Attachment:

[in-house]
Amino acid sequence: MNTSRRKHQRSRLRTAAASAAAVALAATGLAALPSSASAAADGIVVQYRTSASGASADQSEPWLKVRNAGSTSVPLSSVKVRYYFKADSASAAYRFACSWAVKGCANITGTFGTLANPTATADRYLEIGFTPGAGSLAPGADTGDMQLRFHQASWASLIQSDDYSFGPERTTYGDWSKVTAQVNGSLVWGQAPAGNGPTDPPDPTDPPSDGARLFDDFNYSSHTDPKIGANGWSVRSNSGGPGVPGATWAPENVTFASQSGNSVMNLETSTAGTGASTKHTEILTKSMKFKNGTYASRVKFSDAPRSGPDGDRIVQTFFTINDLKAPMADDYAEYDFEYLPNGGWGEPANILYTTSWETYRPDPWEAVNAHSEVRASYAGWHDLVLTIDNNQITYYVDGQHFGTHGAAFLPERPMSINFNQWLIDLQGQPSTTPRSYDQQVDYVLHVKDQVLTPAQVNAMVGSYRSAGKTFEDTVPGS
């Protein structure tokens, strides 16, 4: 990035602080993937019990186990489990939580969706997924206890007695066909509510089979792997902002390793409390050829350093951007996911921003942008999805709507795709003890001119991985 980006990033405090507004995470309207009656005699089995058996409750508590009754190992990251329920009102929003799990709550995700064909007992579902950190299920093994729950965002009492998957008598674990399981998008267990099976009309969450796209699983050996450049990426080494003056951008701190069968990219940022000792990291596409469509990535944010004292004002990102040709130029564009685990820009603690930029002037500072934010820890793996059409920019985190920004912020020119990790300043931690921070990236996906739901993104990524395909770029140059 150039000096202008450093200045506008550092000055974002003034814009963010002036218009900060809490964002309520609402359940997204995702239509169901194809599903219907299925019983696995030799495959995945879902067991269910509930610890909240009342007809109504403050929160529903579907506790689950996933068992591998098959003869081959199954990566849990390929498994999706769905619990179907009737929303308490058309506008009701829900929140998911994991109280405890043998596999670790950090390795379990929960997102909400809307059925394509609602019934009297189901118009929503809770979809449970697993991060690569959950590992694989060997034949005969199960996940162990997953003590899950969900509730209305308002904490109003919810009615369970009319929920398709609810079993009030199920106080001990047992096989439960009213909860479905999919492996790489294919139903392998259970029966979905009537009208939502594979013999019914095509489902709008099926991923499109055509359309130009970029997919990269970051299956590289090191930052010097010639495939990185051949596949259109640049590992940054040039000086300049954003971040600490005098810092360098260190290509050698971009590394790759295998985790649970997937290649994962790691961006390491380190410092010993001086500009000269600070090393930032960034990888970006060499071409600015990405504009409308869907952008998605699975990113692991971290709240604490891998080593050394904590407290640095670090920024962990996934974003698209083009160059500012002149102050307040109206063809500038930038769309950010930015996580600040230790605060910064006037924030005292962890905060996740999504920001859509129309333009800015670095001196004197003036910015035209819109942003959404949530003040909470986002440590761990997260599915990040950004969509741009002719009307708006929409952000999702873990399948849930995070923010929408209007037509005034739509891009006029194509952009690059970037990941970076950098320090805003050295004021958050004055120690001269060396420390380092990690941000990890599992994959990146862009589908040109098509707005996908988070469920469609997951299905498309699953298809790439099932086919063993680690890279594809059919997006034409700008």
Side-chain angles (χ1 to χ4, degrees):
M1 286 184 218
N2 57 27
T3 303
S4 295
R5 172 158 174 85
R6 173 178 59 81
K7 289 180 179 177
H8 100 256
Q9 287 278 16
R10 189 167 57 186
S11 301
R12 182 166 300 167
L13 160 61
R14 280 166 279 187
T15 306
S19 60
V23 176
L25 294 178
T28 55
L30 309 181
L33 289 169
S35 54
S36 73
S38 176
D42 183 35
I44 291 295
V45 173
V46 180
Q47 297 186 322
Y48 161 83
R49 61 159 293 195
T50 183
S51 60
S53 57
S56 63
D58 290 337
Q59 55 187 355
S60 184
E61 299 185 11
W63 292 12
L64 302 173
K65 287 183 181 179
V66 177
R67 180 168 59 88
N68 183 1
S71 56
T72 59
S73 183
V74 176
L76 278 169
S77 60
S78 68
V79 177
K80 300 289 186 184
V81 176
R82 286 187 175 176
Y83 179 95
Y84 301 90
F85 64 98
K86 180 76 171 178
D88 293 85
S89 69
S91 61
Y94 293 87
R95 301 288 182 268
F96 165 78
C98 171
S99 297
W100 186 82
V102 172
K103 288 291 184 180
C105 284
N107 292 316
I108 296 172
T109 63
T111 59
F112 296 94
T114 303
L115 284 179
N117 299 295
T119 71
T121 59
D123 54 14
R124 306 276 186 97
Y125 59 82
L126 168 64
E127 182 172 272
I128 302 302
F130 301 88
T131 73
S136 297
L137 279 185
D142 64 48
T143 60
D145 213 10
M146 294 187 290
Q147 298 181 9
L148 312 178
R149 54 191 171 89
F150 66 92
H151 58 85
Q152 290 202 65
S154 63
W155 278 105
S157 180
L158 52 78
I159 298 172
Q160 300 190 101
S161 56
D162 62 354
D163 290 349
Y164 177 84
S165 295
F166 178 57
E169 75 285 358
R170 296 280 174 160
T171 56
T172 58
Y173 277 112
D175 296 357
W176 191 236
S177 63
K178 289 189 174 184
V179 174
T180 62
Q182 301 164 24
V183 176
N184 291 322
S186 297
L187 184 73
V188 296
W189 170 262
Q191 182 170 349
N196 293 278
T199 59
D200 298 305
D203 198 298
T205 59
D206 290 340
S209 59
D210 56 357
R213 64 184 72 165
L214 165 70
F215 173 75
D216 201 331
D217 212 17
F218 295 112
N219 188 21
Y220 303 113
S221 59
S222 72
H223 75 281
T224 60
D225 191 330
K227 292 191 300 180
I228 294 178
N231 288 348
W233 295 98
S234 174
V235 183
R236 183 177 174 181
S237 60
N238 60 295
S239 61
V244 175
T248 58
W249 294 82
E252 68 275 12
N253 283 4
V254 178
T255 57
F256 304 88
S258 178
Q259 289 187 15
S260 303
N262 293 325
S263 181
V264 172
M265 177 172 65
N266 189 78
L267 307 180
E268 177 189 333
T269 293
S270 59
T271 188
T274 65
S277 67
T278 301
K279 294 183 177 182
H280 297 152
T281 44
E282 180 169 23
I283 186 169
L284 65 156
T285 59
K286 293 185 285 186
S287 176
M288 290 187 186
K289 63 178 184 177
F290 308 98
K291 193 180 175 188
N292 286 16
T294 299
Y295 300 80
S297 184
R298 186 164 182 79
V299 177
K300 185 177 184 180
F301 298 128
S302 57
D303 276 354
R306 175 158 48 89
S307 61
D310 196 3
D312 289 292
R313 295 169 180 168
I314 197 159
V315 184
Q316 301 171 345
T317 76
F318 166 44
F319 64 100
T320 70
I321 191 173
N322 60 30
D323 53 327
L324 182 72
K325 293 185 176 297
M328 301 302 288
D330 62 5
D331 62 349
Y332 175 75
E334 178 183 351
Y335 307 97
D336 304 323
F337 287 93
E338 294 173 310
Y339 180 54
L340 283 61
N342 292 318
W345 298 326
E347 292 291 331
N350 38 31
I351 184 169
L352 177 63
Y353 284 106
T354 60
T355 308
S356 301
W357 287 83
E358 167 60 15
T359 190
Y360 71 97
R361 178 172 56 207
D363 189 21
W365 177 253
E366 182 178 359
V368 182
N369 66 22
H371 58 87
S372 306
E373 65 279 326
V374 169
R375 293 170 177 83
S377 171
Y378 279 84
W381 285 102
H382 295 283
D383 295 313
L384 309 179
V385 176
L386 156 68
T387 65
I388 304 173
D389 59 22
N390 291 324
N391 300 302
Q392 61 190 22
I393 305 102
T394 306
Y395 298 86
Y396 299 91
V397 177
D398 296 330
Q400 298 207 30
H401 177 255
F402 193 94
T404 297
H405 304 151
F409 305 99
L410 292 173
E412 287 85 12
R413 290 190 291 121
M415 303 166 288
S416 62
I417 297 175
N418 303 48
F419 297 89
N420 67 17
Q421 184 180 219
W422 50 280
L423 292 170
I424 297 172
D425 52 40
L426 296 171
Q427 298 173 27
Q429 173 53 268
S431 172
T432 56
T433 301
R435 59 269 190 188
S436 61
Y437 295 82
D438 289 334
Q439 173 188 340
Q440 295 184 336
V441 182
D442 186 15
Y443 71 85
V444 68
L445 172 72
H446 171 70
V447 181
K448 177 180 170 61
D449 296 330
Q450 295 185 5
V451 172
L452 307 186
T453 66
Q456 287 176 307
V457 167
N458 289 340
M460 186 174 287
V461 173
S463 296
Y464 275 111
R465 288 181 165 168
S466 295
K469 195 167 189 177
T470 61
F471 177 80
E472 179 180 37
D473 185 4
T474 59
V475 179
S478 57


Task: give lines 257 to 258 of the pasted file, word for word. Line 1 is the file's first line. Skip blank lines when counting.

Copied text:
Y360 71 97
R361 178 172 56 207